Fourth-graders from Tumwater Hill win test of literary knowledge

Battle of the Books: Don't have to be a 'Nerd,' but it helps

March 21, 2011 

TUMWATER - The stakes were high during Tumwater School District's fourth annual Battle of the Books.

In addition to school pride and bragging rights, teams were competing for a traveling trophy that had been at Black Lake Elementary School for two years in a row.

“I know somebody else would like to have it,” teased Black Lake librarian Nancy Price. “And we would like to keep it.”

About 50 parents, grandparents, siblings, teachers and principals filled Black Lake Elementary School’s library last Tuesday to root for their favorite Battle of the Books team.

The game is similar to Family Feud, where teams confer and try to agree on an answer to a trivia question about a book within 30 seconds. Three Tumwater elementary schools sent their top teams to compete at the district level.

“Got Books,” hailing from Black Lake, was a four-person team of sixth-graders who had already beat a dozen other teams at their school. They wore matching T-shirts, had years of battle experience under their belts and clearly enjoyed a home-field advantage.

“The Eagles” from Peter G. Schmidt Elementary School was a four-person team made up of fifth- and sixth-grade girls. It was their school’s first year in the competition, but their school spirit gleamed as they posed for photographs with their school’s mascot and principal before the game.

And then there were “The Nerds,” a three-person fourth-grade team from Tumwater Hill Elementary. They were the youngest, the shortest and possibly the weakest, especially since one of their teammates had recently gotten over the flu.

Even though they had beaten 16 other teams at their school – occasionally with half the number of players – The Nerds seemed to lack the self-confidence of a championship team.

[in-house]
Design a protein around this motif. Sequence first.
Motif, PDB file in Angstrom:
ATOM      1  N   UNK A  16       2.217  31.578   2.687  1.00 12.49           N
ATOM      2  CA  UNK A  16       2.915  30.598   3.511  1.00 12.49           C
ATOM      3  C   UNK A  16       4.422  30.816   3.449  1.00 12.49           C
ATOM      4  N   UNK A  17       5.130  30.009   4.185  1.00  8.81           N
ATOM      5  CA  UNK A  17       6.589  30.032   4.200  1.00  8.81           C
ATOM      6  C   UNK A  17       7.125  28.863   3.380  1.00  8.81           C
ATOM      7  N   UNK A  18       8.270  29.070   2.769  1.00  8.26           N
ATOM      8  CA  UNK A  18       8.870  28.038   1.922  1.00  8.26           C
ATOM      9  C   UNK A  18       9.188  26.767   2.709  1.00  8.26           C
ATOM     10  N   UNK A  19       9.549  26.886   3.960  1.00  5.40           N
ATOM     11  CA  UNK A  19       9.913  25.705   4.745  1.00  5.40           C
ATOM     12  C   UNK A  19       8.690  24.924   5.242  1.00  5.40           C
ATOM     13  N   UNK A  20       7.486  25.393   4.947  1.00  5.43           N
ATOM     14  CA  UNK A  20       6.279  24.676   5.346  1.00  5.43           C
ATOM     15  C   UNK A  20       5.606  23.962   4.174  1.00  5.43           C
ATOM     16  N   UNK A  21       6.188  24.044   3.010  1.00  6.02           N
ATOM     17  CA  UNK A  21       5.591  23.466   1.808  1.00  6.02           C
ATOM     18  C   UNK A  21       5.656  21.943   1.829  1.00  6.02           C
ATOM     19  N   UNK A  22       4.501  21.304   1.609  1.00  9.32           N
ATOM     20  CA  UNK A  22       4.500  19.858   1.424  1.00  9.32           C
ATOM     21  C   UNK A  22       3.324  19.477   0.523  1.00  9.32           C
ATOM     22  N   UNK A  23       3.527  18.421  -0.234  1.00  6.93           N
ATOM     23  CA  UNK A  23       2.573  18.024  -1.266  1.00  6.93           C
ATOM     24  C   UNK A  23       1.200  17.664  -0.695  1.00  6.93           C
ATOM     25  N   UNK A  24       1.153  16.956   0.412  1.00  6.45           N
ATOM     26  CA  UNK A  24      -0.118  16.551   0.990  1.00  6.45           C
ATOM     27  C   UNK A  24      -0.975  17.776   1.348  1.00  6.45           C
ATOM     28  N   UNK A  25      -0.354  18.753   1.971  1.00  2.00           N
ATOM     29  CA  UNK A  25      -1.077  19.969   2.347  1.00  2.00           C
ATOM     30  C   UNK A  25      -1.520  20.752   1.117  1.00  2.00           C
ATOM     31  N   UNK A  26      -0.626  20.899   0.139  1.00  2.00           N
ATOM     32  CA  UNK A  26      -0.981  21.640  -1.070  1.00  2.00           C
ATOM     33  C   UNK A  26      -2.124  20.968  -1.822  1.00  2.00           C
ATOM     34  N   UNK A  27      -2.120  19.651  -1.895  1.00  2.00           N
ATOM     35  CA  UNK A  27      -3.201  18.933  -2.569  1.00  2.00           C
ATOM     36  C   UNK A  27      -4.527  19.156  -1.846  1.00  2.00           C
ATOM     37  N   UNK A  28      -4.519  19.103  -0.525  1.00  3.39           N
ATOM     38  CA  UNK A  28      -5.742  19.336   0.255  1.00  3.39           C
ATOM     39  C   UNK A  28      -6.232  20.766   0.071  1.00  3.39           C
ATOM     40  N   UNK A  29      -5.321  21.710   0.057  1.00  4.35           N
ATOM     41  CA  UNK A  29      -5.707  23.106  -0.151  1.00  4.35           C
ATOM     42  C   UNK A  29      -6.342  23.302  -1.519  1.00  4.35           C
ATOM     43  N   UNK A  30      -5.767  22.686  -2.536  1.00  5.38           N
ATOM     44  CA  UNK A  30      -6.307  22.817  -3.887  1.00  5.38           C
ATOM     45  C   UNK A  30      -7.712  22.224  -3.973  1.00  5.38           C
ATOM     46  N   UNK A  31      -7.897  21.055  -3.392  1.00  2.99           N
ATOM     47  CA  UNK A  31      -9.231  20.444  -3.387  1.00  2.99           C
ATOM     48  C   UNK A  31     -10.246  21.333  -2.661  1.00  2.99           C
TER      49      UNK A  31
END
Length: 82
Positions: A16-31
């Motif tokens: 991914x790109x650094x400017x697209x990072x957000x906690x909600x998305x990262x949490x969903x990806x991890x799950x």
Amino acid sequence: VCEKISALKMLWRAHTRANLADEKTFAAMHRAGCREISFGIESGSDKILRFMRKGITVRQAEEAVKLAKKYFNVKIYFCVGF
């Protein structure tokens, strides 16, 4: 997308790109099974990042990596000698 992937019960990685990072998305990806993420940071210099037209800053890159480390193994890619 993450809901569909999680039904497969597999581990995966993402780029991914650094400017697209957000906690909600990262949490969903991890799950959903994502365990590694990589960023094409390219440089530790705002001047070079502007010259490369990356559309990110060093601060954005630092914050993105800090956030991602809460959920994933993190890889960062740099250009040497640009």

Fourth-grader Collin Jacobs, 10, said he and his teammates were going into the district competition accepting they’d probably take second place, maybe even third.

“They have more experience,” Collin said of the other teams. “And this is our first year.”

But it turns out age, size and experience don’t matter in the trivia game based on youth literature. The Nerds lived up to their name and proved that reading a lot, taking copious notes and studying as much as possible pays off.

The game included 25 questions involving quotes, trivia about the authors and passages from 15 books designed for readers in grades 4-6.

Across the country, many schools and districts compete in Battle of the Books programs. In Tumwater, the books and game questions are selected and developed by librarians in the district, Price said.

Also, since about 10 of the titles featured dogs as important characters, Price said all of those canine questions were meant to be tricky.

The hardest part of the game was agreeing on the same answer with teammates, said Aidan McBride, 12, of team Got Books.

By halftime, The Nerds were leading at 10, Got Books had 9 and the Eagles trailed with 6.

The Nerds and Got Books stayed close during most of the final half. The final score 23 Nerds, 19 Got Books and 11 Eagles.

The Nerds were shocked. Their parents were proud.

“I think I was more nervous than he was,” said Collin’s mom, Amanda Jacobs.

And the fifth- and sixth-graders who were beat by fourth-graders? They were a little flabbergasted but proud that they had made it to the district finals.

Price congratulated all of the kids for doing their best. Even before the game began, she reminded them they were already winners.

Price said she’s happy to see Battle of the Books is growing in popularity. It’s a program that gets kids to voluntarily read on their own time.

“It’s so nice to see kids doing something about and being rewarded for reading,” she said. “For some kids, that’s the place they’ll shine.”

Lisa Pemberton: 360-754-5433 lpemberton@theolympian.com

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